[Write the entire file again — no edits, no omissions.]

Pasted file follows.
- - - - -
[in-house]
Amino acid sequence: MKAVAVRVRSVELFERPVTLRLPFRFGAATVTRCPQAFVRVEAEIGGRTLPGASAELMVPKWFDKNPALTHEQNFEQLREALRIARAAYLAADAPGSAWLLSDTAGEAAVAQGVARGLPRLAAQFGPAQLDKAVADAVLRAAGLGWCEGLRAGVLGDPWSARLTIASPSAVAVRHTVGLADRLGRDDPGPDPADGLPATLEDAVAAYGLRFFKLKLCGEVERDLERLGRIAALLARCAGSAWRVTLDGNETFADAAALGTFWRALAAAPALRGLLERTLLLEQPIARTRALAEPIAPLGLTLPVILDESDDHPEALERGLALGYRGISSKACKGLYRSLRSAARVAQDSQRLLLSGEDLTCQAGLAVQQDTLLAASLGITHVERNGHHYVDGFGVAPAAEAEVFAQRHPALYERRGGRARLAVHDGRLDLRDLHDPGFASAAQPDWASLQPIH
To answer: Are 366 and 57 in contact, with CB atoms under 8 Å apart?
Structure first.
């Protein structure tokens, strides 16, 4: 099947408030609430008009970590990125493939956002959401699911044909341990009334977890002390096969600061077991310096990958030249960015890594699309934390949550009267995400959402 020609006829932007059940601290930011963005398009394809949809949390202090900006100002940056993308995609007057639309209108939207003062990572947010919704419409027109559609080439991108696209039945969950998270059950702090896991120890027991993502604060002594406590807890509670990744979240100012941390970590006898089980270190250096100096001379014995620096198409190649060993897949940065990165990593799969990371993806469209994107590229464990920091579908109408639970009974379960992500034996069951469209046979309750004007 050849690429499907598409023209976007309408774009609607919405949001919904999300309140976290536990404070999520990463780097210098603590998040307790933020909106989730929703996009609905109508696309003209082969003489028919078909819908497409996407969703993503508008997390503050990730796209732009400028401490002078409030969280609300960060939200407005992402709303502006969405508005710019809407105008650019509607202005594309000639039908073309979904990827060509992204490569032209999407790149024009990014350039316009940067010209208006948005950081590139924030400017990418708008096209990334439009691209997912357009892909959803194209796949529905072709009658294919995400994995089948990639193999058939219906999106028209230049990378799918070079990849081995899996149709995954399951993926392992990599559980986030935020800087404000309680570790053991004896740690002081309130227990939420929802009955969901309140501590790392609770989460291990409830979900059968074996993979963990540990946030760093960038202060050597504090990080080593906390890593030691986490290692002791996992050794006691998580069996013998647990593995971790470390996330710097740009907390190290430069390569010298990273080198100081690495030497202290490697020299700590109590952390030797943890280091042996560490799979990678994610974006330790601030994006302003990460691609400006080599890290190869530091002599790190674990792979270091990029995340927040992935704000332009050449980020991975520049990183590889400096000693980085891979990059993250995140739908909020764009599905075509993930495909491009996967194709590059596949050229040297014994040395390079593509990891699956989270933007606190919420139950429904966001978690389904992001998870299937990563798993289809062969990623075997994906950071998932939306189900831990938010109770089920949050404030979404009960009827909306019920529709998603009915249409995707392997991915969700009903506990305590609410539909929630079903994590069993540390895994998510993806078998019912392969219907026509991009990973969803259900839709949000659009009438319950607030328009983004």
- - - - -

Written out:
[in-house]
Amino acid sequence: MKAVAVRVRSVELFERPVTLRLPFRFGAATVTRCPQAFVRVEAEIGGRTLPGASAELMVPKWFDKNPALTHEQNFEQLREALRIARAAYLAADAPGSAWLLSDTAGEAAVAQGVARGLPRLAAQFGPAQLDKAVADAVLRAAGLGWCEGLRAGVLGDPWSARLTIASPSAVAVRHTVGLADRLGRDDPGPDPADGLPATLEDAVAAYGLRFFKLKLCGEVERDLERLGRIAALLARCAGSAWRVTLDGNETFADAAALGTFWRALAAAPALRGLLERTLLLEQPIARTRALAEPIAPLGLTLPVILDESDDHPEALERGLALGYRGISSKACKGLYRSLRSAARVAQDSQRLLLSGEDLTCQAGLAVQQDTLLAASLGITHVERNGHHYVDGFGVAPAAEAEVFAQRHPALYERRGGRARLAVHDGRLDLRDLHDPGFASAAQPDWASLQPIH
To answer: Are 366 and 57 in contact, with CB atoms under 8 Å apart?
Structure first.
């Protein structure tokens, strides 16, 4: 099947408030609430008009970590990125493939956002959401699911044909341990009334977890002390096969600061077991310096990958030249960015890594699309934390949550009267995400959402 020609006829932007059940601290930011963005398009394809949809949390202090900006100002940056993308995609007057639309209108939207003062990572947010919704419409027109559609080439991108696209039945969950998270059950702090896991120890027991993502604060002594406590807890509670990744979240100012941390970590006898089980270190250096100096001379014995620096198409190649060993897949940065990165990593799969990371993806469209994107590229464990920091579908109408639970009974379960992500034996069951469209046979309750004007 050849690429499907598409023209976007309408774009609607919405949001919904999300309140976290536990404070999520990463780097210098603590998040307790933020909106989730929703996009609905109508696309003209082969003489028919078909819908497409996407969703993503508008997390503050990730796209732009400028401490002078409030969280609300960060939200407005992402709303502006969405508005710019809407105008650019509607202005594309000639039908073309979904990827060509992204490569032209999407790149024009990014350039316009940067010209208006948005950081590139924030400017990418708008096209990334439009691209997912357009892909959803194209796949529905072709009658294919995400994995089948990639193999058939219906999106028209230049990378799918070079990849081995899996149709995954399951993926392992990599559980986030935020800087404000309680570790053991004896740690002081309130227990939420929802009955969901309140501590790392609770989460291990409830979900059968074996993979963990540990946030760093960038202060050597504090990080080593906390890593030691986490290692002791996992050794006691998580069996013998647990593995971790470390996330710097740009907390190290430069390569010298990273080198100081690495030497202290490697020299700590109590952390030797943890280091042996560490799979990678994610974006330790601030994006302003990460691609400006080599890290190869530091002599790190674990792979270091990029995340927040992935704000332009050449980020991975520049990183590889400096000693980085891979990059993250995140739908909020764009599905075509993930495909491009996967194709590059596949050229040297014994040395390079593509990891699956989270933007606190919420139950429904966001978690389904992001998870299937990563798993289809062969990623075997994906950071998932939306189900831990938010109770089920949050404030979404009960009827909306019920529709998603009915249409995707392997991915969700009903506990305590609410539909929630079903994590069993540390895994998510993806078998019912392969219907026509991009990973969803259900839709949000659009009438319950607030328009983004």